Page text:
Amherst College Bicentennial 1821 2021

On the occasion of Amherst’s Bicentennial, we present a series of excerpts from Amherst College: The Campus Guide. This is the first of four. The book is one of the keepsake Bicentennial books commissioned by the College.

Trail passing through the Wildlife Sanctuary
Amherst College Wildlife Sanctuary: Accounting for about half of the college's one thousand acres, the sanctuary provides a beloved respite from the pressures of academic life.

This serene natural enclave, a hidden treasure of the campus, had its beginnings in 1929 or 1932 (accounts differ) when the wife of the College’s treasurer, Charles Andrews, asked him to fetch some pine cones for fireplace kindling.

Andrews headed to a patch of forested land on the campus’s eastern border; the College had purchased the land a few years earlier to serve as a buffer against unsightly, noisy industrial development. The outcome of that storied walk is the Wildlife Sanctuary, a vast tract of protected wilderness that constitutes about half of Amherst’s 1,000 acres and is used for both scientific research and recreation.

Here students and faculty can study the multitude of plants, insects and birds that inhabit the sanctuary’s open fields, wetlands, floodplain woods, upland woods, plantation pines, ponds and river. The sanctuary also contains networks of trails for walking, jogging and cross-country skiing.

For many, it is a cherished place, to which they can go to escape the pressures of academic life—and from which they can return refreshed. But few know that its origins are rooted in the economic calamity of the Great Depression.

Andrews was acutely aware that the financial hardships wrought by the Depression and his walk led to an inspiration: students in need of financial aid could earn desperately needed wages by cleaning and beautifying the forested land, then 60 acres. In 1933, some 40 students helped drain swamps, thin trees, clear undergrowth, build trails and dam streams to form ponds.

It was surely no coincidence that the effort began in the same year as the Civilian Conservation Corps (CCC), a popular program of President Franklin D. Roosevelt’s New Deal. The CCC’s Amherst counterpart enabled the participating students “to continue with their studies, instead of having to give them up because of financial difficulties,” the Springfield Union and Republican reported in a 1933 story. Alluding to Andrews’ walk, that story was headlined: “Pine Cones Keep Students in College.”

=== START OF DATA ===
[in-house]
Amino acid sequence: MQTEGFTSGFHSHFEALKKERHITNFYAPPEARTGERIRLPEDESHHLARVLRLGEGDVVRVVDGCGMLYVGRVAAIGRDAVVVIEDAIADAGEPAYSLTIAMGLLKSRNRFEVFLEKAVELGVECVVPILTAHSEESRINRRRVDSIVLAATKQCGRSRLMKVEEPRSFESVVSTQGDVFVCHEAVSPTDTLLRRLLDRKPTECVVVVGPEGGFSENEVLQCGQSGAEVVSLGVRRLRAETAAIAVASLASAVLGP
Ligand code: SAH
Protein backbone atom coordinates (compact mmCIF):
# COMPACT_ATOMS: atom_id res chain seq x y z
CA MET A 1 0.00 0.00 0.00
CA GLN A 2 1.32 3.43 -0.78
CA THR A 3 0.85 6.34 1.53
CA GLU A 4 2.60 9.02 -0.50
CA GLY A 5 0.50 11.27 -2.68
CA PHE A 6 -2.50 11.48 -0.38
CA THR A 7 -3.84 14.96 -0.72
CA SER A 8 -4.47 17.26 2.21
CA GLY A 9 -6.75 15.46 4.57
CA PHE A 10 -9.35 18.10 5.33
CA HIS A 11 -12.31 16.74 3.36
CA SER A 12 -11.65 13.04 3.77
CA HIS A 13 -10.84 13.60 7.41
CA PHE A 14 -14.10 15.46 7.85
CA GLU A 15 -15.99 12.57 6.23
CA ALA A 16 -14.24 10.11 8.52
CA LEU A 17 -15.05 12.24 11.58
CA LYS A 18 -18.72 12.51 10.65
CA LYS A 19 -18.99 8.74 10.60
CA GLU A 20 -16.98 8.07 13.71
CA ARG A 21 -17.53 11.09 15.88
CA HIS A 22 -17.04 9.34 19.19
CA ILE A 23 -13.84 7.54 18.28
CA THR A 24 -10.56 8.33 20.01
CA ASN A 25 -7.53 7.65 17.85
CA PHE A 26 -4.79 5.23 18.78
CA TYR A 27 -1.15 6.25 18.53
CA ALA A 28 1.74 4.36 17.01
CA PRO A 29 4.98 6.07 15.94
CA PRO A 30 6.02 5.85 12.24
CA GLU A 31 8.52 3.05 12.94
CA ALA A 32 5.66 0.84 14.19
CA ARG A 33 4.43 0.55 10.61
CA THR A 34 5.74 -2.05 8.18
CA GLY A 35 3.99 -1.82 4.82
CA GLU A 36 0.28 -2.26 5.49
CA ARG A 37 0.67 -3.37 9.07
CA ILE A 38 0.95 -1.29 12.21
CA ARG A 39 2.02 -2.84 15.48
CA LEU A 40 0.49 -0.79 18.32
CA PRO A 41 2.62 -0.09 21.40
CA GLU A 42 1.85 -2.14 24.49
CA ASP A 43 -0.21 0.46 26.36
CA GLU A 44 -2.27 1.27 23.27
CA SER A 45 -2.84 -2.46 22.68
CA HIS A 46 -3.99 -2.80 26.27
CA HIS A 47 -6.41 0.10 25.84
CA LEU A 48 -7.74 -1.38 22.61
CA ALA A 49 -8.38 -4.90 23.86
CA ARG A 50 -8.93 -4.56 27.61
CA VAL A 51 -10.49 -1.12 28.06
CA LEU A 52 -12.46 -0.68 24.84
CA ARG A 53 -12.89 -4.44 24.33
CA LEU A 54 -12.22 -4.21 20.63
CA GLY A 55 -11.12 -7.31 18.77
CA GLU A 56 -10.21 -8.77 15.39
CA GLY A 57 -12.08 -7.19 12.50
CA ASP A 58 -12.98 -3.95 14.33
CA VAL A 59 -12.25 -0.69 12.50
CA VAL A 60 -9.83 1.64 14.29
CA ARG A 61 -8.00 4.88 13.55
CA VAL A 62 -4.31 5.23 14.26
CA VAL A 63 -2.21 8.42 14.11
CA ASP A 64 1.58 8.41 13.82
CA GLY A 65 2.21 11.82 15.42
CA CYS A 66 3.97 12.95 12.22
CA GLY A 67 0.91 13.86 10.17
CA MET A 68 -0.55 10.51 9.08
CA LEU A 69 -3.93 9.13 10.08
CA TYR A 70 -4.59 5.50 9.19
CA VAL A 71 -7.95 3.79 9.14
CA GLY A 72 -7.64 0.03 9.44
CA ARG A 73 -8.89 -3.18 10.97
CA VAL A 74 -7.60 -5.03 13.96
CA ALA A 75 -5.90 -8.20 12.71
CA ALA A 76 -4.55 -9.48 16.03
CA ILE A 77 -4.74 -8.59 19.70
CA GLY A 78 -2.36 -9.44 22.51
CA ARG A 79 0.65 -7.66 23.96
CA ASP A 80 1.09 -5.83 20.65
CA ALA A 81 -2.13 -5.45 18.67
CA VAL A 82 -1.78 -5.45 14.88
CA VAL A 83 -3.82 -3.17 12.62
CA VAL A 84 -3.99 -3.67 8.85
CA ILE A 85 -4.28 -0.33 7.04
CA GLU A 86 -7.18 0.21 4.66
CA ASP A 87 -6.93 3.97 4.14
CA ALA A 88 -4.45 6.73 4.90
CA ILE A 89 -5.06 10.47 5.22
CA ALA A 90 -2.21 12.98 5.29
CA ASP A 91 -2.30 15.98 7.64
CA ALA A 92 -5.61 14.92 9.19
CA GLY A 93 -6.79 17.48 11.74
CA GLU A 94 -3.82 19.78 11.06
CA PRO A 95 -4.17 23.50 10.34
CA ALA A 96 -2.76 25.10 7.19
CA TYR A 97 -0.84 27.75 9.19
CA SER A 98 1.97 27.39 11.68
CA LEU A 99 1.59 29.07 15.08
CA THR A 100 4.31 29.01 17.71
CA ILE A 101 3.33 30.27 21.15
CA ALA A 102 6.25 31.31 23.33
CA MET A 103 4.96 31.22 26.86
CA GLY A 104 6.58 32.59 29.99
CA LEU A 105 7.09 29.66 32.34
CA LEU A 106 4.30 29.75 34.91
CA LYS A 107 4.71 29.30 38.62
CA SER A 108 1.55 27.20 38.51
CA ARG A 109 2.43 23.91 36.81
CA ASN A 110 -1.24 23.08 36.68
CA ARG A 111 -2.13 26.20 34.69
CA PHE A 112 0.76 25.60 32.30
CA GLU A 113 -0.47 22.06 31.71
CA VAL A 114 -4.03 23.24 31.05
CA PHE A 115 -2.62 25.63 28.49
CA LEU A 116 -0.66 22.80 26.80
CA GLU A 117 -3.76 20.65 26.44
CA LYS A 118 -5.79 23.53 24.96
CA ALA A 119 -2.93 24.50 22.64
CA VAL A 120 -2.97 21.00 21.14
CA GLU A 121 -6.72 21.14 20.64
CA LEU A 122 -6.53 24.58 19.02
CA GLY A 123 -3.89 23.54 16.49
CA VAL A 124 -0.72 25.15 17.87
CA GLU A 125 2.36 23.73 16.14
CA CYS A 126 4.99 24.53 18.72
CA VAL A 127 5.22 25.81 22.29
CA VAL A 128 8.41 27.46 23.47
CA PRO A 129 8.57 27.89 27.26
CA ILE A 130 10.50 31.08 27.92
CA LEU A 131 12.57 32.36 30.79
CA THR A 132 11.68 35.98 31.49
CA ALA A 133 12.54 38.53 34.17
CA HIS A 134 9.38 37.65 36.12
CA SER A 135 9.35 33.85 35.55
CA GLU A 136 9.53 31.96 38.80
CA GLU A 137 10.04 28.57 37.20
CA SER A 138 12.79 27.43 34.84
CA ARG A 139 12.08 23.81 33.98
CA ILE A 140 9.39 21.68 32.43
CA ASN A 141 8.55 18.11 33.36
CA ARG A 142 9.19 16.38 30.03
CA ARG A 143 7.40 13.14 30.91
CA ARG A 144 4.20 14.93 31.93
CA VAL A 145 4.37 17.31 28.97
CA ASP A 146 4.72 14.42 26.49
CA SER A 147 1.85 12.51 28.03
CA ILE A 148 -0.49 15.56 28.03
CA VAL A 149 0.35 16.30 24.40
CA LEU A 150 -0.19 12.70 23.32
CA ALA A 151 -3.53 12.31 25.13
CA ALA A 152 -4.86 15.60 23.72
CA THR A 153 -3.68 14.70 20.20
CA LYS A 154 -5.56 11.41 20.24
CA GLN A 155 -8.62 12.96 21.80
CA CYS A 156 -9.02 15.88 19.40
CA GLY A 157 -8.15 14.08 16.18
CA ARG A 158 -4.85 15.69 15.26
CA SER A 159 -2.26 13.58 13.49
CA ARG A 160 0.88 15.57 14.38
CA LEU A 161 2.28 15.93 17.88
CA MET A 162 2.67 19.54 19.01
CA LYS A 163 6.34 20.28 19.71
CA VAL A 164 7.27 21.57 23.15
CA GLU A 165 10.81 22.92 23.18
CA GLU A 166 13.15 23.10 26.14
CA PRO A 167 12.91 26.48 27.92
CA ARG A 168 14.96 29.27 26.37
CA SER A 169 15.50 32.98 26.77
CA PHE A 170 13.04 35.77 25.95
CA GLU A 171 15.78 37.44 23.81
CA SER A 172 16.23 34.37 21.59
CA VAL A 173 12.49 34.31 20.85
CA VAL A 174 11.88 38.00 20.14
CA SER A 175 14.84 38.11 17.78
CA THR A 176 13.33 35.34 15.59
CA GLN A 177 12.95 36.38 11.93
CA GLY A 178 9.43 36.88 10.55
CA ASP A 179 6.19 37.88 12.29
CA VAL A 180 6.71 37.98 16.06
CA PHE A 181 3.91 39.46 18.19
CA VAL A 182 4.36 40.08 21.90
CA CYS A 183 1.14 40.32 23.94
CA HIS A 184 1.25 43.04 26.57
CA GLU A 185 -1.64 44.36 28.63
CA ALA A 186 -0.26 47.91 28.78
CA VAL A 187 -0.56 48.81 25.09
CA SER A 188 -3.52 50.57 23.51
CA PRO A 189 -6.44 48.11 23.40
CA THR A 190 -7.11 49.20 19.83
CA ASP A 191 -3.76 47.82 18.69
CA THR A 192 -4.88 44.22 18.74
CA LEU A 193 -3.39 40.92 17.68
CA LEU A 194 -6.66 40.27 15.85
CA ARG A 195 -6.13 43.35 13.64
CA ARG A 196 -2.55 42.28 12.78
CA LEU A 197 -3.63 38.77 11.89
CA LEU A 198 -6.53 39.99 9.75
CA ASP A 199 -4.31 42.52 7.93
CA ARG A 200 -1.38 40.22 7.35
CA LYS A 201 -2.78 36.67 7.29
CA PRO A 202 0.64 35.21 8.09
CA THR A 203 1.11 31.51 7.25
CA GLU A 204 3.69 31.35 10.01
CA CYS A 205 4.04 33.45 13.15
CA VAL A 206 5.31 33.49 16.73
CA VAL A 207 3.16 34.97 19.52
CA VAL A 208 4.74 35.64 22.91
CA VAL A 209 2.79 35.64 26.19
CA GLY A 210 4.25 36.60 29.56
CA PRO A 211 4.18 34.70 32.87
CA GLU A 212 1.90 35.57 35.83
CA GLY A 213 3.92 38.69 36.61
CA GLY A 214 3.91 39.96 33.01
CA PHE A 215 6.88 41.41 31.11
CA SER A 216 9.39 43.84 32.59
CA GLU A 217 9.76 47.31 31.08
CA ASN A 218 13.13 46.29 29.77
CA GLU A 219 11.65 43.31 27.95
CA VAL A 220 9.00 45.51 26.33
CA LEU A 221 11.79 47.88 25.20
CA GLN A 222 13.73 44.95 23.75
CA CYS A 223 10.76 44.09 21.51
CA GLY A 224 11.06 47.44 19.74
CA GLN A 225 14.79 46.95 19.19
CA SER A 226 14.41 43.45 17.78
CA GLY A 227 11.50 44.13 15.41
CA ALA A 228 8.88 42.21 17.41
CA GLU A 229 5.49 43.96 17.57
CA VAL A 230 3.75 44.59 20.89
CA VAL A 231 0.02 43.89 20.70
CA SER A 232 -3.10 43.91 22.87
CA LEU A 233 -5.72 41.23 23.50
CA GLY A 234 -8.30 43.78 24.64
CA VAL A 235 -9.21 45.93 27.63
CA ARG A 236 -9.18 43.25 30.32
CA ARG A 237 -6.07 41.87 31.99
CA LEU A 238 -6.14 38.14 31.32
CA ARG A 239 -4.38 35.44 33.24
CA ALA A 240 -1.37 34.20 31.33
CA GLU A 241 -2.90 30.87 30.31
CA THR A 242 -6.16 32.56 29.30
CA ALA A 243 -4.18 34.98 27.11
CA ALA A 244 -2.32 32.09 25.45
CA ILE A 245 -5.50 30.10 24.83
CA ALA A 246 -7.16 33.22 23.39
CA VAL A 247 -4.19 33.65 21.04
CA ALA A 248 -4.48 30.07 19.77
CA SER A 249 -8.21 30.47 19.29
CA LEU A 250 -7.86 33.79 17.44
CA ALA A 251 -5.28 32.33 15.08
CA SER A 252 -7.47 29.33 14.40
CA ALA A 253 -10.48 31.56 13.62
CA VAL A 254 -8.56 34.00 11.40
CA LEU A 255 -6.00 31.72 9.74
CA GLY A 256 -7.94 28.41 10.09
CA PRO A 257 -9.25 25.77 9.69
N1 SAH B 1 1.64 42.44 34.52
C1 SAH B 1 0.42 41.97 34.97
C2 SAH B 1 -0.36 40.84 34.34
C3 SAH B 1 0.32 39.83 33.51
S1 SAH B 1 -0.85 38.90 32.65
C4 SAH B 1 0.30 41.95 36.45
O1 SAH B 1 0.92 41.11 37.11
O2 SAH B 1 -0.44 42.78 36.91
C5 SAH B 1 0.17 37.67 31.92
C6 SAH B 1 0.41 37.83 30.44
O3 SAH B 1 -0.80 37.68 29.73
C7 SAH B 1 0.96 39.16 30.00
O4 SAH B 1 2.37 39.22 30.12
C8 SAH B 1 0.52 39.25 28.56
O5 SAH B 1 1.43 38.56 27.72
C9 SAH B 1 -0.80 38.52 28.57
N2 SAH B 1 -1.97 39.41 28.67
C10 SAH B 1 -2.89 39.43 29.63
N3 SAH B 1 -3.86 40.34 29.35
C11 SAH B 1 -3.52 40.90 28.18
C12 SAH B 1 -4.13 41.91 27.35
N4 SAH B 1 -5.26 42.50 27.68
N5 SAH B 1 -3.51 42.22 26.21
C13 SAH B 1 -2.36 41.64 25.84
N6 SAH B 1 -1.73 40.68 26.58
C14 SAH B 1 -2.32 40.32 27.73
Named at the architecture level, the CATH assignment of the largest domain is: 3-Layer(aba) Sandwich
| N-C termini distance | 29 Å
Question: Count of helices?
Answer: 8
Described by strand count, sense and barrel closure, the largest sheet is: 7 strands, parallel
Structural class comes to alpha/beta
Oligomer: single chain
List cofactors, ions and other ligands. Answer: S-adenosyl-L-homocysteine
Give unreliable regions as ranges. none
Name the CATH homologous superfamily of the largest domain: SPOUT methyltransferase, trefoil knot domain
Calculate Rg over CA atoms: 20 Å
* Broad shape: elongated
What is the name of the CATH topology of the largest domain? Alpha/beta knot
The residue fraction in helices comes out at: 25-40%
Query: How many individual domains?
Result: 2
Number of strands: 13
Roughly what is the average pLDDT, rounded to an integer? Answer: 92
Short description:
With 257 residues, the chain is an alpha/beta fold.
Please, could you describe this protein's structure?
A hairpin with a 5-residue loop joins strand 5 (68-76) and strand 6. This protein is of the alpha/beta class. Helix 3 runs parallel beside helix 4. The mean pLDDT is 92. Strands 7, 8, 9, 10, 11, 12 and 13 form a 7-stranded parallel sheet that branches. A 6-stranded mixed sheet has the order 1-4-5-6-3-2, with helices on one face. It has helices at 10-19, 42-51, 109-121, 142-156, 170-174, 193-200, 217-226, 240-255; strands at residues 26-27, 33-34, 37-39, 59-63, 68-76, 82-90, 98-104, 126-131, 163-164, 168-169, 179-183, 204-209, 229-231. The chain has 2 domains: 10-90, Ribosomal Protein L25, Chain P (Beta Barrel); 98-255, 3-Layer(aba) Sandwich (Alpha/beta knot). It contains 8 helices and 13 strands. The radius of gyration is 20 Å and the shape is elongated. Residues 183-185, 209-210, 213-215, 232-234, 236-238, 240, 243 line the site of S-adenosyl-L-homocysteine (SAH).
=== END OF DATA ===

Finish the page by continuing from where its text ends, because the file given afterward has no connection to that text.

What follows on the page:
The head of the College’s botany department, Alfred S. Goodale, class of 1898, oversaw the sanctuary’s development. He believed the sanctuary had two main purposes: to serve as an outdoor laboratory for observational and experimental studies by the College’s scientific departments and to provide a public park. A crucial element of the sanctuary’s success, he observed, was that it was literally in the College’s backyard, not miles away, as such facilities were at other institutions of higher learning.

Whether visitors enter for recreation or research, the sanctuary offers special sights and sounds. There are towering stands of pines and broad hay fields with views to the surrounding hills. “White-tailed deer frequent the western fields, and during the spring migration, strollers have observed blue-winged warblers, field sparrows, brown thrashers and eastern bluebirds,” William Sweet wrote in Amherst magazine in 2015.

The sanctuary’s significance extends beyond its borders, especially because it safeguards the panoramic views that are one of the hilltop college’s most beloved features. It is easy to take those views for granted, but they are the result of shrewd land acquisition and management. In the 1920s, for example, the College purchased about 80 acres along South Pleasant Street after it got wind that a local landowner planned to build one or more onion warehouses there. Later, Amherst had evergreen trees planted in the area to screen the campus from the Boston and Maine Railroad tracks. Without such farsighted steps, the revered view of the Holyoke Range from Memorial Hill would look very different.